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Thread: LONDON FILM FESTIVAL 2018 - a quick glance

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    LONDON FILM FESTIVAL 2018 - a quick glance

    London Film Festival 2018 - a quick glance


    JULI JAKAB IN SUNSET

    MY FRIEND HUGH AND I attended four of the LFF films this year:

    László Nemes: Sunset (2018)
    Cristina Gallego, Ciro Guerra: Birds of Passage/Pájaros de verano (2018)
    Yorgos Lanthimos: The Favourite (2018)
    A.B.Shawky: Yomeddine (2018)



    All are worth knowing about though they sadly did not live up to expectations. Némes of course is the director of the extraordinary Son Of Saul. It is interesting to observe the similarities of narrative and technique this one has with his first film - and one could enjoy the sheer beauty of this film shot and projected in 35mm. Birds of Passage is also by the makers of a celebrated film, the Colombian Embrace of the Serpent, which was nominated for the Best Foreign Oscar. This one also makes use of indigenous people, but in color and to tell a contemporary drug story. It was chosen to open Directors Fortnight at Cannes this year, but seemed to leave out key elements of the drug culture of the period. The Favourite is Lanthimos' second English-language film and in it he tries to play a satirical, comic game with 17th-century English history but with too little sense of the political complexities. My friend Hugh Coleridge, with whom I watched this and the other three LFF films, wrote of The Favourite, "The rigour required to place in front of such real backdrops something that hints properly at the behaviour of the times is beyond most of us. Therefore, it was, from the very first frame and utterance, that I sensed a lack of any serious attempt to get under the skin of the times. We were presented with something that fell horribly between a 'Carry On' farce and a BBC TV historical drama. It shows how relatively good the adaption of Hilary Mantel's Wolf Hall was (starring Mark Rylance as Cromwell)." Yomeddine made it into Competition at Cannes, perhaps prematurely. It is a quirky road picture by an Egyptian first-time director. I'm interested in anything Egyptian because I lived there and love the sound of the Egyptian dialect. The Favourite was the NYFF's Opening Night Film. Embrace of the Serpent was a remarkable film and Son of Saul (in my view) even more so. But follow-ups as much as stabs in new directions aren't always a success. As for Yomeddine, it wound up in too feel-good a way, but the use of non-actors was very successful and it is as satisfyingly Egyptian as I could have hoped. Of the four, it was the only one that moved me, and inspired me and my friend to get into an argument.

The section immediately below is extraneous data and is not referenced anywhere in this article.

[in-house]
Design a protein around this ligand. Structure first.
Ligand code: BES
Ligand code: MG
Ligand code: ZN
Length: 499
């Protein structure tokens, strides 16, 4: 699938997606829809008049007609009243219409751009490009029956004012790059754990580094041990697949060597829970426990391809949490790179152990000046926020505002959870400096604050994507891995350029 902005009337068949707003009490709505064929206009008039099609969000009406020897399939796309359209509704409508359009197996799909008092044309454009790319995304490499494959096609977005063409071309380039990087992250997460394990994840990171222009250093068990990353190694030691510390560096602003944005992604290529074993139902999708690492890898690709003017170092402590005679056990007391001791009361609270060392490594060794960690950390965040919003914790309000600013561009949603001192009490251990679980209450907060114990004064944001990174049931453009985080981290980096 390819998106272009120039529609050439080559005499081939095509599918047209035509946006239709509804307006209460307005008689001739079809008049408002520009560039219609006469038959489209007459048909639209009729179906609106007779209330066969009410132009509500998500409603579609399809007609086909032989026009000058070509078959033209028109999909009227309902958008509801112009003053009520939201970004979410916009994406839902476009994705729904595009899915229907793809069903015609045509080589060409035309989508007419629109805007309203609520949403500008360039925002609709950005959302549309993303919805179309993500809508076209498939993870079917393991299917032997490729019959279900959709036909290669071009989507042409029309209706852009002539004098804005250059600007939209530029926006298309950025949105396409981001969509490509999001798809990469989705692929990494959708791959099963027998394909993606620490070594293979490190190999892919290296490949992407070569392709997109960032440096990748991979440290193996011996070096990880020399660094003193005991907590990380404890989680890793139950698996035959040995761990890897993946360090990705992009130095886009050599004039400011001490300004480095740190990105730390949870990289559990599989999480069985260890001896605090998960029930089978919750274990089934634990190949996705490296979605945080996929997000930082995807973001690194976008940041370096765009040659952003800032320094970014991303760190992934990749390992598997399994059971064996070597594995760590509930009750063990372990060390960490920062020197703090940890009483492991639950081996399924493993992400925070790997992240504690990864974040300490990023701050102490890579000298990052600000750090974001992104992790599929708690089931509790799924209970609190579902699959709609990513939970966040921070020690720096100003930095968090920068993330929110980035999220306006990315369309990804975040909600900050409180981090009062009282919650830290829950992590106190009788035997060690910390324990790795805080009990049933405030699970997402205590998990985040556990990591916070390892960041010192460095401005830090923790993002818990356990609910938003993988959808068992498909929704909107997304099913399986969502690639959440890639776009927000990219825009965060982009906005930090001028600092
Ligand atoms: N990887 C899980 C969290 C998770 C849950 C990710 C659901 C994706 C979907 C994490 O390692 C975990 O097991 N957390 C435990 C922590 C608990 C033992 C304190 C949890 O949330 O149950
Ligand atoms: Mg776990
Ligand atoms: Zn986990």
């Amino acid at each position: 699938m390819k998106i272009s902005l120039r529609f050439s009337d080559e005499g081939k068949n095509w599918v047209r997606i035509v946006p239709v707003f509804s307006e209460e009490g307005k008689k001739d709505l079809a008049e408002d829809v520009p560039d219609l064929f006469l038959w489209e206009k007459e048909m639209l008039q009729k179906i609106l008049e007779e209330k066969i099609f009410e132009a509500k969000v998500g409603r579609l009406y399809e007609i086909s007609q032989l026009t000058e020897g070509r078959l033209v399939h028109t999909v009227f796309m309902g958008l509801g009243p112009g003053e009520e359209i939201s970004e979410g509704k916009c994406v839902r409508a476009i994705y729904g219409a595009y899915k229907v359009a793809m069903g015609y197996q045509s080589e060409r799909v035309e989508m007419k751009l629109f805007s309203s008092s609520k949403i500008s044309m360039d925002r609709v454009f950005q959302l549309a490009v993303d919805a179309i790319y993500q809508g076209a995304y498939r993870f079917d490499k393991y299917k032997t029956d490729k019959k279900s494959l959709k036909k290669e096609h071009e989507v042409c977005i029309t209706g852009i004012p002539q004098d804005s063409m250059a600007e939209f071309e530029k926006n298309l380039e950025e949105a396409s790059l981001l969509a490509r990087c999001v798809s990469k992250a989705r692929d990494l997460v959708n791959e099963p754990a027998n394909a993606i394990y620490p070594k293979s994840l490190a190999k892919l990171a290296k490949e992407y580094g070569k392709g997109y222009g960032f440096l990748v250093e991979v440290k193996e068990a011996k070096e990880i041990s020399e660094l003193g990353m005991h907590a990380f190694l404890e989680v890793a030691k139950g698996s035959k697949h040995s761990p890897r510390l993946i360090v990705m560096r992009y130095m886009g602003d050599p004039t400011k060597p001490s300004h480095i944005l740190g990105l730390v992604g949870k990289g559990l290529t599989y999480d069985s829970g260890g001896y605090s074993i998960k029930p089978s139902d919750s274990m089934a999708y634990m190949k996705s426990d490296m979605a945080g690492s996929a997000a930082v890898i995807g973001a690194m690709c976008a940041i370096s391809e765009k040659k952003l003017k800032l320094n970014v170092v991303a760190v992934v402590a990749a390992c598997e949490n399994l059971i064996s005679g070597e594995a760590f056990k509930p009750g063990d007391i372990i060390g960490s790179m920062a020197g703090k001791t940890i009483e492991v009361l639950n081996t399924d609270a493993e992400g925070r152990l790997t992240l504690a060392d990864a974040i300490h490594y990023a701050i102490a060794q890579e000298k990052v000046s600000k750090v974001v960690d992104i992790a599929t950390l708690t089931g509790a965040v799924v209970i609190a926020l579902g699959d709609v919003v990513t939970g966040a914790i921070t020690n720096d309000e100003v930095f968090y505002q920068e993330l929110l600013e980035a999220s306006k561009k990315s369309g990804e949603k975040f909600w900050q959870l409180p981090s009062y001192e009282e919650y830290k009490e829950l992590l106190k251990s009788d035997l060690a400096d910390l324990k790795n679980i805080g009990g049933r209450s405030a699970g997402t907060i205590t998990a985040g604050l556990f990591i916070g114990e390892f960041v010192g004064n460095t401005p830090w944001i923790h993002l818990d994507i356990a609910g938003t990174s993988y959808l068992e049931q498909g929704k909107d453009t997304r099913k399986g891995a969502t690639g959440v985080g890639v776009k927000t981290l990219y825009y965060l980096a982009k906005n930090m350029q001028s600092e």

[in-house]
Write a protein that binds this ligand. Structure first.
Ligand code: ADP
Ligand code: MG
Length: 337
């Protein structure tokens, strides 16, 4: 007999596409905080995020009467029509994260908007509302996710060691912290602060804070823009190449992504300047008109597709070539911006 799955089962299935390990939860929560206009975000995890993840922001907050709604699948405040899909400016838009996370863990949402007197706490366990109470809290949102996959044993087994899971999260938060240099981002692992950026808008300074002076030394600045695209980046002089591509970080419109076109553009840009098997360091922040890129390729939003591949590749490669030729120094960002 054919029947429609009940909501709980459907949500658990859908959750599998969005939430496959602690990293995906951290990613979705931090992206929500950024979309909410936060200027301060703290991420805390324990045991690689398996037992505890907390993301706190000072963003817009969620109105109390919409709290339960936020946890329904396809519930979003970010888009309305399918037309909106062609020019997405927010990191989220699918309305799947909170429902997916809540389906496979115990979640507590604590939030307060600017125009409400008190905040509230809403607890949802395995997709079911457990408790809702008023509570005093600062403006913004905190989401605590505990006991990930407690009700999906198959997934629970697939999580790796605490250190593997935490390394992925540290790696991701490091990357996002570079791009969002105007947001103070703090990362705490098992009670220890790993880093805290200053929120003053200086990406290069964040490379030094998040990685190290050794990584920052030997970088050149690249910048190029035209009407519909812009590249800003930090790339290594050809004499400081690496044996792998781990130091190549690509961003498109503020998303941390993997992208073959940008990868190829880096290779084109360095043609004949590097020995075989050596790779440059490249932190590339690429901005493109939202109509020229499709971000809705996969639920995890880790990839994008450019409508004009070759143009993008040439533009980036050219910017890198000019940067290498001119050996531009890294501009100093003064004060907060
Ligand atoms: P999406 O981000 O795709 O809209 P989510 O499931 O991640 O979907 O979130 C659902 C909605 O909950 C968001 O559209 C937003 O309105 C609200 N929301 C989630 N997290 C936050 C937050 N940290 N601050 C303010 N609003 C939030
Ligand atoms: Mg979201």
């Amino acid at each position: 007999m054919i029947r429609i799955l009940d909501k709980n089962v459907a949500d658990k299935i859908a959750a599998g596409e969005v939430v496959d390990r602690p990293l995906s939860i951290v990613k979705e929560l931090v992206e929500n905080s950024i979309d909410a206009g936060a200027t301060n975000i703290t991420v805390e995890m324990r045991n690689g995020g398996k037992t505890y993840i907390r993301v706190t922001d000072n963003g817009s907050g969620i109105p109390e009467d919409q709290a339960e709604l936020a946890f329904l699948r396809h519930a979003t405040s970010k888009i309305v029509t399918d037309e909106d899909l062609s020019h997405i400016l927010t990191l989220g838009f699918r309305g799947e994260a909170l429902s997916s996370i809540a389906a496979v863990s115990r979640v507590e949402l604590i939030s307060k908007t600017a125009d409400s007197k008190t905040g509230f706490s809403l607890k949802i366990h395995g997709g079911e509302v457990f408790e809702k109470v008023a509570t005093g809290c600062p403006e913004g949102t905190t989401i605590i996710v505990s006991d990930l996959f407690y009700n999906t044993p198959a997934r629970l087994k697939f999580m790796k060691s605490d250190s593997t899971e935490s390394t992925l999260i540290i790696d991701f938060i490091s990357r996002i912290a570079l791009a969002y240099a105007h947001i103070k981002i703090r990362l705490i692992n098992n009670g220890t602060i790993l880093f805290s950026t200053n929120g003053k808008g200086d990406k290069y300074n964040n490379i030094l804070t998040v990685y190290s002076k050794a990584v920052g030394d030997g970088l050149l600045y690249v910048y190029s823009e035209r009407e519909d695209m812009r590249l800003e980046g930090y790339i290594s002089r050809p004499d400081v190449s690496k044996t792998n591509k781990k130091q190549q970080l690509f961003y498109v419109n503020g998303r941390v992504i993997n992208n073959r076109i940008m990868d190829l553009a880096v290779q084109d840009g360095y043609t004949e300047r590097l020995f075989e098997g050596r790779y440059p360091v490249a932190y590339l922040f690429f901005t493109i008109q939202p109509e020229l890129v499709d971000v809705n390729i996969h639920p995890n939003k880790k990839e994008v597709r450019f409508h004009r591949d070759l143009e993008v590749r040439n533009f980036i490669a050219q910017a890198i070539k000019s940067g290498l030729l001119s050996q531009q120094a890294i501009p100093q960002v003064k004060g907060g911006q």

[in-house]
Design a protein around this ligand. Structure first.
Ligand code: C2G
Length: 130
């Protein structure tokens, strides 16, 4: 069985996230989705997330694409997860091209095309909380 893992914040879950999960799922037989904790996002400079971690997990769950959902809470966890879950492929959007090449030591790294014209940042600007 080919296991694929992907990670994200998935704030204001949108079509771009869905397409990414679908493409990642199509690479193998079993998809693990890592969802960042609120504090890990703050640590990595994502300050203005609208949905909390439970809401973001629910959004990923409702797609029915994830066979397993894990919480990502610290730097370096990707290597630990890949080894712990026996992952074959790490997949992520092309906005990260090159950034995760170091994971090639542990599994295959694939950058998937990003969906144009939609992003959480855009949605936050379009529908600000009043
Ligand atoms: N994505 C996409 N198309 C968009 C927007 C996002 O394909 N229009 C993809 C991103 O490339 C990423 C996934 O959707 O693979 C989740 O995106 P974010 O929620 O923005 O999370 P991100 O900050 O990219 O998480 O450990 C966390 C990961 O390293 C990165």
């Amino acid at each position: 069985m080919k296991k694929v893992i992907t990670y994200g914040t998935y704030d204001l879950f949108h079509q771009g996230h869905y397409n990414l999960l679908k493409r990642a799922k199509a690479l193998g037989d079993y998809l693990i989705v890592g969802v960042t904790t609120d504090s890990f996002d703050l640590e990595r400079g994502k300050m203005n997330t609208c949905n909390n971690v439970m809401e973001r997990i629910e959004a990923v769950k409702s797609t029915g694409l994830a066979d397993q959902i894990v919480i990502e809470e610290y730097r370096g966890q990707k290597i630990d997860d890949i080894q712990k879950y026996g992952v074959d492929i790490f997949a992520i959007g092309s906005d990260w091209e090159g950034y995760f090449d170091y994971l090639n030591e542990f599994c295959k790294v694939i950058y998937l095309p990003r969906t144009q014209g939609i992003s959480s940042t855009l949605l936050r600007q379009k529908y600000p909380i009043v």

Last edited by Chris Knipp; 11-19-2018 at 05:09 PM.

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